AWS

Auto Encrypt Objects During Upload to S3 Bucket (Using Bucket Policy)

There are times when we need to ensure that if somehow, in any case, our data is being hacked then it will still become unusable for the hacker, as in order to access the data, one must have to decrypt it first. So, today we are going to learn about “encrypt objects during upload to S3 bucket”.

This means that during the upload of a particular object to an S3 bucket, the object is going to be “auto encrypted” using the specified method.

We have following encryption methods available on AWS S3 (as of May 2019):

  1. Client Side Encryption
  2. AES 256 – SSE S3 (Server Side Encryption)
  3. SSE-C (Server Side Encryption)
  4. SSE-KMS (Server Side Encryption)
  5. Encryption in Transit

Note: Today we are going to learn about “Server Side AES 256 – SSE S3 Encryption”.

To learn more about S3 Encryption, follow -> Encryption on objects in an S3 bucket

Step 1: Go to S3 dashboard

Search for the “S3 service” under the “Find Services” section of your “AWS dashboard” and select it.

Select S3 service Encrypt Objects During Upload to S3 Bucket
Select S3 service from AWS dashboard

Step 2: Create a new S3 bucket

In our case, we have created a bucket with a name “geekylane-encrypted“, shown in the picture below.

If you are new to Amazon S3 and do not know about S3 bucket creation, follow -> How to create an S3 bucket on AWS

Create a new bucket
Create a new bucket

Now, in order to specify the “auto encryption” of objects during the upload, we have to set some rules for our bucket.

Note: We are going to use the “bucket policy” method to specify rules on our S3 bucket.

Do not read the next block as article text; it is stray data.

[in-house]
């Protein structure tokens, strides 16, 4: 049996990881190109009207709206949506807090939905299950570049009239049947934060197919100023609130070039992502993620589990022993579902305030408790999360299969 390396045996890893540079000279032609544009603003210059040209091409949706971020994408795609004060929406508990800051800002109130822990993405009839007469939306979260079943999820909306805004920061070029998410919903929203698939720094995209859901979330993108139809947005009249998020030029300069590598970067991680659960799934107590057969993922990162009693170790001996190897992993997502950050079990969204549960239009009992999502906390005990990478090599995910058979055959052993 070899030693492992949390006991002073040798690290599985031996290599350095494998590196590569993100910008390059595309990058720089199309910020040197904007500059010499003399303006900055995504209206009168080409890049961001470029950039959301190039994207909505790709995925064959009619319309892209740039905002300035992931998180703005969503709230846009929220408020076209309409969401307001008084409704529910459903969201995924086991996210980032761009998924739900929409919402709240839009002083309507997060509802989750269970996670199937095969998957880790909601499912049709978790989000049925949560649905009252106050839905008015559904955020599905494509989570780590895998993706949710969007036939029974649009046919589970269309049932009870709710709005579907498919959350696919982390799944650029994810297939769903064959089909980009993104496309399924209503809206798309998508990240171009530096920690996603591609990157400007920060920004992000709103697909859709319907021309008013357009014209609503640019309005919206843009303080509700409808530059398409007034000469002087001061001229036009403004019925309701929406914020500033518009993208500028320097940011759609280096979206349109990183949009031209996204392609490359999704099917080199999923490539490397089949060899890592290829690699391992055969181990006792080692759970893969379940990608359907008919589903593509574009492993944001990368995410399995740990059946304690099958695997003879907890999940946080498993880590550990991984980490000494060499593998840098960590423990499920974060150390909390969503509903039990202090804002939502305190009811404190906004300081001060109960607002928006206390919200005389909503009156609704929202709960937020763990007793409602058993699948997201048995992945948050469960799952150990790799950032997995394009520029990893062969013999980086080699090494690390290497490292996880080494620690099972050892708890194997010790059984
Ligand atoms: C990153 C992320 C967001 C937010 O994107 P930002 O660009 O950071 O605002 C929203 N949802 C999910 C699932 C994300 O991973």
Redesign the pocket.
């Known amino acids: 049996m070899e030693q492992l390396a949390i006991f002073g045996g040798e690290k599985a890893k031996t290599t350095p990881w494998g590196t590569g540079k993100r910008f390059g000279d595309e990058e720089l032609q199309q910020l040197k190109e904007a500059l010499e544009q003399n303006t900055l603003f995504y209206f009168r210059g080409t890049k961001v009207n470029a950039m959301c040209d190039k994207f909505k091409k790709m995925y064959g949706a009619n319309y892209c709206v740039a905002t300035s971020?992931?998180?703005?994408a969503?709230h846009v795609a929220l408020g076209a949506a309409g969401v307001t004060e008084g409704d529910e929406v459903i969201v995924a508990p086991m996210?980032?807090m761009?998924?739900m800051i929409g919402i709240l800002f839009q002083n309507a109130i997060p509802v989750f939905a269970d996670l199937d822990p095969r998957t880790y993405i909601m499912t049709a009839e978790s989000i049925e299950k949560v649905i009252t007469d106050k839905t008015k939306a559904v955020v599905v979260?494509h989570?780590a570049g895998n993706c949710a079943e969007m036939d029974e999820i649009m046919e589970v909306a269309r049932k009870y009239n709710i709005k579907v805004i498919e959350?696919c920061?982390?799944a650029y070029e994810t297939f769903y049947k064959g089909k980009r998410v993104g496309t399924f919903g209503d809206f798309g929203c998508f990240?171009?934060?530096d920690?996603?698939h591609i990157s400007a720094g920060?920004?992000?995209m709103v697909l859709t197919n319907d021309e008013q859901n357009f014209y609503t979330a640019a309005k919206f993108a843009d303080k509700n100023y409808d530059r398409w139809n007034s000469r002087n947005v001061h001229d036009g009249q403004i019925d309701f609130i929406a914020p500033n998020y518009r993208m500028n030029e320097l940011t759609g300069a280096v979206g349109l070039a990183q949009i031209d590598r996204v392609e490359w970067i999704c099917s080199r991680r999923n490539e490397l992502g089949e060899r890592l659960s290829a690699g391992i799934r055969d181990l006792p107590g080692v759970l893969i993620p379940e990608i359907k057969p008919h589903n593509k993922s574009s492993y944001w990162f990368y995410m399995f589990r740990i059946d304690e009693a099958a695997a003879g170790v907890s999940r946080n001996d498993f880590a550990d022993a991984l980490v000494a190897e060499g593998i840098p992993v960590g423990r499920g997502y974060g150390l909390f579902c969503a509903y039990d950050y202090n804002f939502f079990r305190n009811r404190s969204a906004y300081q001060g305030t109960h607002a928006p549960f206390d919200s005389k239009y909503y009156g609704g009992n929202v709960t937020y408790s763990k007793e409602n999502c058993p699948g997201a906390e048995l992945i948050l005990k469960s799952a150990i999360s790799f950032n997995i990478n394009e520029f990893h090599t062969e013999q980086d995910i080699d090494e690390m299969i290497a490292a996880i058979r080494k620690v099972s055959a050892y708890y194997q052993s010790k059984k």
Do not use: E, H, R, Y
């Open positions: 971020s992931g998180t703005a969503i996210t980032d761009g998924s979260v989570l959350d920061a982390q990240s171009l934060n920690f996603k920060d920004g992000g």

Step 3: Copy the ARN of S3 bucket

Under the “Permissions” tab, we have following option available:

  • Block Public Access
  • Access Control List
  • Bucket Policy
  • CORS Configuration

We are going to use “Bucket Policy“.

So, in order to copy the “ARN” or S3 bucket follow as shown below. In our case, our S3 bucket’s “ARN = arn:aws:s3:::geekylane-encrypted“.

 Copy ARN
Copy ARN

Step 4: Generate bucket policy using “Policy Generator”

From the picture below, select the “policy generator” from the below of this screen.

Question: Why we are using “policy generator“?

Answer: It will help us in creating the specific and complex type of bucket policies with one click.

Select policy generator under bucket policy
Select policy generator under bucket policy

After clicking on that, you will be seeing something like shown below.

AWS policy generator
AWS policy generator

We have created the following two statements for our S3 bucket.

Encrypt Objects During Upload to S3 Bucket
Two Policies

Explanation of Statements mentioned above:

  1. If the object being uploaded is having the “s3:x-amz-server-side-encryption == NULL“, deny its upload, as a result, we are forcing it to add the header.
  2. If the “s3:x-amz-server-side-encryption != AES256“, deny its upload, as a result, the object being upload must have the header value equals to this.